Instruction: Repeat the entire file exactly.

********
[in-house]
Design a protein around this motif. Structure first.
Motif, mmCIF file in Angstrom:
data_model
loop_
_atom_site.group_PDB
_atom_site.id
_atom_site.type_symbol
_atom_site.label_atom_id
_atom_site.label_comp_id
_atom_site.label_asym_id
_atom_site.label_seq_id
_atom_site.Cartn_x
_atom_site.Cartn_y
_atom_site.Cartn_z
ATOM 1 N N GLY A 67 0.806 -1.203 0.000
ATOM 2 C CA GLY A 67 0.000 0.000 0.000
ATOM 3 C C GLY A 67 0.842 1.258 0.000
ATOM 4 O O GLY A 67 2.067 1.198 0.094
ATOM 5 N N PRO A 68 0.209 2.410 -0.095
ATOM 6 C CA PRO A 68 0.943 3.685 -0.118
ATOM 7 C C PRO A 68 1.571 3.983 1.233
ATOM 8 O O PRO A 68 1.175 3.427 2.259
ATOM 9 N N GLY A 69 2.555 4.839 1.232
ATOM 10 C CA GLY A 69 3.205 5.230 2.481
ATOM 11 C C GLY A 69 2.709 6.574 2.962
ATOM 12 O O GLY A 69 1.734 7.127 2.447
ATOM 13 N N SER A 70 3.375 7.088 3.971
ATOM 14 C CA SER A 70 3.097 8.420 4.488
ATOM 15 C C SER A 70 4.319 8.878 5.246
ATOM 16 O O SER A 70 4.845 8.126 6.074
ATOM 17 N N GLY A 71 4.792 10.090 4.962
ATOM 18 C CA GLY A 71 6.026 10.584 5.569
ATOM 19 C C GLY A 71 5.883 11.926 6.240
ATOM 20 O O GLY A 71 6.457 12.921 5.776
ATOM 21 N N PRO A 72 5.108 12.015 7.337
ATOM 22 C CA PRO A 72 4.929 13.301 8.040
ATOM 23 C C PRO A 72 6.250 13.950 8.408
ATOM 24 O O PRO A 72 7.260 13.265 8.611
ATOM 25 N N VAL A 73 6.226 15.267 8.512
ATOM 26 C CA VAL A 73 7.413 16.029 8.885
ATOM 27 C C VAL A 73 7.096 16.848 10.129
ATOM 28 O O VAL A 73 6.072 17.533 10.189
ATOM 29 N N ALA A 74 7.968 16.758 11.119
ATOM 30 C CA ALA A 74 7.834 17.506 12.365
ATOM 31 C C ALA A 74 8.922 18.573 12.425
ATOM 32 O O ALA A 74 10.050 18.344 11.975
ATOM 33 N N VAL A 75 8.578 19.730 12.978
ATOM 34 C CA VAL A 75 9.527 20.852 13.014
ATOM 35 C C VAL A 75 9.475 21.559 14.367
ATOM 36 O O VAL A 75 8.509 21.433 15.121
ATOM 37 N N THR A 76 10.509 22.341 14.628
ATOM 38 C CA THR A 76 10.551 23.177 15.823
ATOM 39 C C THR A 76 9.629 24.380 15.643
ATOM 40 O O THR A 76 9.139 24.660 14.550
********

[in-house]
Design a protein around this motif. Structure first.
Motif, mmCIF file in Angstrom:
data_model
loop_
_atom_site.group_PDB
_atom_site.id
_atom_site.type_symbol
_atom_site.label_atom_id
_atom_site.label_comp_id
_atom_site.label_asym_id
_atom_site.label_seq_id
_atom_site.Cartn_x
_atom_site.Cartn_y
_atom_site.Cartn_z
ATOM 1 N N GLY A 67 0.806 -1.203 0.000
ATOM 2 C CA GLY A 67 0.000 0.000 0.000
ATOM 3 C C GLY A 67 0.842 1.258 0.000
ATOM 4 O O GLY A 67 2.067 1.198 0.094
ATOM 5 N N PRO A 68 0.209 2.410 -0.095
ATOM 6 C CA PRO A 68 0.943 3.685 -0.118
ATOM 7 C C PRO A 68 1.571 3.983 1.233
ATOM 8 O O PRO A 68 1.175 3.427 2.259
ATOM 9 N N GLY A 69 2.555 4.839 1.232
ATOM 10 C CA GLY A 69 3.205 5.230 2.481
ATOM 11 C C GLY A 69 2.709 6.574 2.962
ATOM 12 O O GLY A 69 1.734 7.127 2.447
ATOM 13 N N SER A 70 3.375 7.088 3.971
ATOM 14 C CA SER A 70 3.097 8.420 4.488
ATOM 15 C C SER A 70 4.319 8.878 5.246
ATOM 16 O O SER A 70 4.845 8.126 6.074
ATOM 17 N N GLY A 71 4.792 10.090 4.962
ATOM 18 C CA GLY A 71 6.026 10.584 5.569
ATOM 19 C C GLY A 71 5.883 11.926 6.240
ATOM 20 O O GLY A 71 6.457 12.921 5.776
ATOM 21 N N PRO A 72 5.108 12.015 7.337
ATOM 22 C CA PRO A 72 4.929 13.301 8.040
ATOM 23 C C PRO A 72 6.250 13.950 8.408
ATOM 24 O O PRO A 72 7.260 13.265 8.611
ATOM 25 N N VAL A 73 6.226 15.267 8.512
ATOM 26 C CA VAL A 73 7.413 16.029 8.885
ATOM 27 C C VAL A 73 7.096 16.848 10.129
ATOM 28 O O VAL A 73 6.072 17.533 10.189
ATOM 29 N N ALA A 74 7.968 16.758 11.119
ATOM 30 C CA ALA A 74 7.834 17.506 12.365
ATOM 31 C C ALA A 74 8.922 18.573 12.425
ATOM 32 O O ALA A 74 10.050 18.344 11.975
ATOM 33 N N VAL A 75 8.578 19.730 12.978
ATOM 34 C CA VAL A 75 9.527 20.852 13.014
ATOM 35 C C VAL A 75 9.475 21.559 14.367
ATOM 36 O O VAL A 75 8.509 21.433 15.121
ATOM 37 N N THR A 76 10.509 22.341 14.628
ATOM 38 C CA THR A 76 10.551 23.177 15.823
ATOM 39 C C THR A 76 9.629 24.380 15.643
ATOM 40 O O THR A 76 9.139 24.660 14.550